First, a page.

“The girls needed a figure they could identify with, that looks like them,” said Rosario Costa, a Lego design director. Girls told them, “I want to shrink down and be there,” after playing with the toys. But was this exaggerated route really the way to go? An expert, not from Lego, also weighed in.

“If it takes color-coding or ponies and hairdressers to get girls playing with Lego, I’ll put up with it, at least for now, because it’s just so good for little girls’ brains,” says Lise Eliot, a neuroscientist at the Rosalind Franklin University of Medicine and Science in Chicago and author of Pink Brain Blue Brain.

(image via streek2 on Flickr)

Eliot also said, “Especially on television, the advertising explicitly shows who should be playing with a toy, and kids pick up on those cues. There is no reason to think Lego is more intrinsically appealing to boys.”

And isn’t that the real issue? Legos aren’t “for boys,” the media and marketing just tell us they are. They reinforce this kind of gender separation when perhaps, it doesn’t necessarily have to be there. Here’s my thing: We don’t want you to ignore girls entirely but we also don’t want or need you to make toys for girls so blatantly obvious. It makes me wonder if they used the regular female minifigs with the newly designed sets in their focus groups if girls would be just as interested. Granted, I don’t think this is all bad, giving the characters backgrounds is good, having multiple nationalities is good but the way Lego is talking about it is bad.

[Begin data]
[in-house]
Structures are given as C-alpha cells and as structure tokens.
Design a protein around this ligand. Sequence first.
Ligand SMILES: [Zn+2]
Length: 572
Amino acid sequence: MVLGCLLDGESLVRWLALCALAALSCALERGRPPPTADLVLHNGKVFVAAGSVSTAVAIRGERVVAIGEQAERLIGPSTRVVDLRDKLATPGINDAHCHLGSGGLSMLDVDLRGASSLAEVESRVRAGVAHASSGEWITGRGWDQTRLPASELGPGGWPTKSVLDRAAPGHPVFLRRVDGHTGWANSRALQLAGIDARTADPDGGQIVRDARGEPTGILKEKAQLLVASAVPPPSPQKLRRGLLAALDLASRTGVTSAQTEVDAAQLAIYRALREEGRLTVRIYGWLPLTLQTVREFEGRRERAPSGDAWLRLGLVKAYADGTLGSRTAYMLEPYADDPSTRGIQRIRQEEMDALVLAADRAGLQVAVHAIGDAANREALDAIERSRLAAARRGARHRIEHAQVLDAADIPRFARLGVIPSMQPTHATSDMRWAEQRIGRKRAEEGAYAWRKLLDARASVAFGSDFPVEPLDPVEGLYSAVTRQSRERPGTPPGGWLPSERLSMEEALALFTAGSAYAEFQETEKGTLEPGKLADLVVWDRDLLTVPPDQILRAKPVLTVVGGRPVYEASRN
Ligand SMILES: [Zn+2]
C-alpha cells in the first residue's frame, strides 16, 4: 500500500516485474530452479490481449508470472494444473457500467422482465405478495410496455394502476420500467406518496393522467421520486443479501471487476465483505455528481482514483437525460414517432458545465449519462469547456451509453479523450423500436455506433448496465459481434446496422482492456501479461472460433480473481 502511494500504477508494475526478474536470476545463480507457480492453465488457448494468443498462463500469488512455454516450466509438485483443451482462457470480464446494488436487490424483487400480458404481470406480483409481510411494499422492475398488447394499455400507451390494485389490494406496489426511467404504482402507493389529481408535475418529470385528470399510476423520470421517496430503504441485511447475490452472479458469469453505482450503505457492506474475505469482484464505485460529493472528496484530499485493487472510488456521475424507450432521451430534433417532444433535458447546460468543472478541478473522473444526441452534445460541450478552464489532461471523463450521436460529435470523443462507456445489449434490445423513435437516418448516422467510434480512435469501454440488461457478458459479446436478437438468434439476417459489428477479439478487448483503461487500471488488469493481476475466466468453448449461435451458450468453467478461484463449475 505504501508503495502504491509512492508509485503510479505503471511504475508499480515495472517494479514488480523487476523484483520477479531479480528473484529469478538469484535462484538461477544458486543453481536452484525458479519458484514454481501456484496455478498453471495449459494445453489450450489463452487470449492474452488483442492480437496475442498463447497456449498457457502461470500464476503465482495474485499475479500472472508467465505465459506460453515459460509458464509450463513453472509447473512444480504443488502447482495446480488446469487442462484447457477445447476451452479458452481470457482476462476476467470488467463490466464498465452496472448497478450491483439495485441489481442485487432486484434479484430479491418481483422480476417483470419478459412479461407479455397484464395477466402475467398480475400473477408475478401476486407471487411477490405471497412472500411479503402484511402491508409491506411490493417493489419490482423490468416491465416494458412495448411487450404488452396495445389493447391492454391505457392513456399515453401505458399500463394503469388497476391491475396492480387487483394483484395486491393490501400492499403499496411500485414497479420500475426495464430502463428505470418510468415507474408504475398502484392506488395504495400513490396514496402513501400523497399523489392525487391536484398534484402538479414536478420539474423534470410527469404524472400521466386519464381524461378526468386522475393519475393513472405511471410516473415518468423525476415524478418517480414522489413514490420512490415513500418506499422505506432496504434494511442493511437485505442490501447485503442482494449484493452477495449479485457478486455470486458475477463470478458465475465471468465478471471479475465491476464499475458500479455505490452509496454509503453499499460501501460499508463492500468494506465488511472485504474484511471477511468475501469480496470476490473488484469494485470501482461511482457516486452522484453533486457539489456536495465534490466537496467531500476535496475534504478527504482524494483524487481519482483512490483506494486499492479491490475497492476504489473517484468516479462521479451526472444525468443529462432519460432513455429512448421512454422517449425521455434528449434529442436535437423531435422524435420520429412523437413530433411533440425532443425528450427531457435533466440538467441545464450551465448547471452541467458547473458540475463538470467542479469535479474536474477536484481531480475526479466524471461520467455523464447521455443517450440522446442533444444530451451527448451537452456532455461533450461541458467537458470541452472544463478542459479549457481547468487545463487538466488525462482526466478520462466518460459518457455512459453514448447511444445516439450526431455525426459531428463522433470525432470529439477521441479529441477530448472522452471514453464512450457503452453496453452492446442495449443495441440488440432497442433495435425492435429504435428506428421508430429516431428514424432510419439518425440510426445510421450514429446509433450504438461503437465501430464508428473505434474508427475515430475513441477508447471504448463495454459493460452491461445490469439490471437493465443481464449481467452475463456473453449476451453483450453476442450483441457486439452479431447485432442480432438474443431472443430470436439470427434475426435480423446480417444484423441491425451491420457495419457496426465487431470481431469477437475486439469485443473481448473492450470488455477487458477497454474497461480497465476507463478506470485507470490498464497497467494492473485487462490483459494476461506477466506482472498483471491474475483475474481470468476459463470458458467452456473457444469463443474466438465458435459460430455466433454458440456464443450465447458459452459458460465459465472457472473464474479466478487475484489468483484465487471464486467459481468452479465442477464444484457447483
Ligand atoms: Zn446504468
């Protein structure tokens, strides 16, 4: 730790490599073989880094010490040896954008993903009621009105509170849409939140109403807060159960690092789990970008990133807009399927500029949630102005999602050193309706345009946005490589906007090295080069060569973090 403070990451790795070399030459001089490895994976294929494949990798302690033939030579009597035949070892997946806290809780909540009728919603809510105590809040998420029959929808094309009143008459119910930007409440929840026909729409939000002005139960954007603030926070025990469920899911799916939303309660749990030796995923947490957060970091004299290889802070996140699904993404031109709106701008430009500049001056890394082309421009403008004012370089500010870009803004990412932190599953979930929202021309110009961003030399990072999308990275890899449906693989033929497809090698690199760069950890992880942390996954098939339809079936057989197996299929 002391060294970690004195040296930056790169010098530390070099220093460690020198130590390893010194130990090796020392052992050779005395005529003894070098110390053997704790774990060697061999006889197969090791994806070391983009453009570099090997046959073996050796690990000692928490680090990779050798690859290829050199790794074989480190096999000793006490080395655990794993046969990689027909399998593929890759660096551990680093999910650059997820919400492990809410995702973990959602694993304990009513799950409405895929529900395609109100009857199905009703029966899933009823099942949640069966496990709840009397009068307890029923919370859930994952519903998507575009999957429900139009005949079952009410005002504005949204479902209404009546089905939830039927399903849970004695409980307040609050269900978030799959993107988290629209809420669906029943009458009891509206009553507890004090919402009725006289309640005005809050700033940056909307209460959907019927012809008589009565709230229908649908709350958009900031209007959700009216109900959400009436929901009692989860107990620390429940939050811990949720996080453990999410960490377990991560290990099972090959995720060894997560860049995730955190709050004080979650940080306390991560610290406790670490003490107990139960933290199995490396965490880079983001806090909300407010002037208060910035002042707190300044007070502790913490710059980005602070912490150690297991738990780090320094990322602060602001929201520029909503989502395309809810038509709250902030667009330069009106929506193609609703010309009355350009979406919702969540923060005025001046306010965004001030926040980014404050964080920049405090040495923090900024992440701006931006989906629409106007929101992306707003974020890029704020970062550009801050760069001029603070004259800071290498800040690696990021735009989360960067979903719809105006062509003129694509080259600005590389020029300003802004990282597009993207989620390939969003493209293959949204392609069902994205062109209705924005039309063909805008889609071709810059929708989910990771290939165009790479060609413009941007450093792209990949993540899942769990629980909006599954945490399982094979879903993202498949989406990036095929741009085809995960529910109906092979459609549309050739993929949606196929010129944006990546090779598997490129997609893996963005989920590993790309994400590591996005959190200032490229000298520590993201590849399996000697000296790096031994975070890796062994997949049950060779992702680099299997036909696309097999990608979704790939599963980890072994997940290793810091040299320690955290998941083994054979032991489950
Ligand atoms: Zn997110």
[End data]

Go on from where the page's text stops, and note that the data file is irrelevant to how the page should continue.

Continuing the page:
Though perhaps some people are attempting to help. Business week says, “In the U.S., Wal-Mart, Toys “R” Us, and Target all plan to carry Lego Friends. Target’s Stephanie Lucy, vice-president and merchandise manager for toys and sports goods, says the Minneapolis-based department store will introduce Lego Friends on an end-cap (at the end of an aisle), then shelve it with other girl-oriented toys, not with the rest of the Lego—all currently in the boy section.”

So that’s…something.

(via The Hairpin, The Brick Blogger and BoingBoing)

Previously in LEGO

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  • mea.glitch

    Separate but equal, huh.

  • Anonymous

    Here’s a mad thought, why not put the Lego in the gender-neutral section where it dang well belongs, then people will buy it for girls. 

    Crazy, I know.

  • Sarah Wise

    This is kind of ridiculous. As a female child who LOVED and cherished playing with Legos, I never felt like I needed to relate to them- for me, that was the point, actually. I could be a cowboy or cowgirl, astronaut, an engineer, or anything I wanted to be. Like you (Jill) mentioned, Legos are supposed to be blocky, so I could just put a girl wig on the lego figure to make it a female. Little girls don’t CARE about the curves!
    I’m actually a little heartbroken about this. What does this say about our society? Now instead of playing astronaut or engineer, little girls are supposed to play Housewives of Orange County and sit around in hot tubs with cosmos to play legos???

  • Jayme

    Hey, aren’t those Polly Pockets?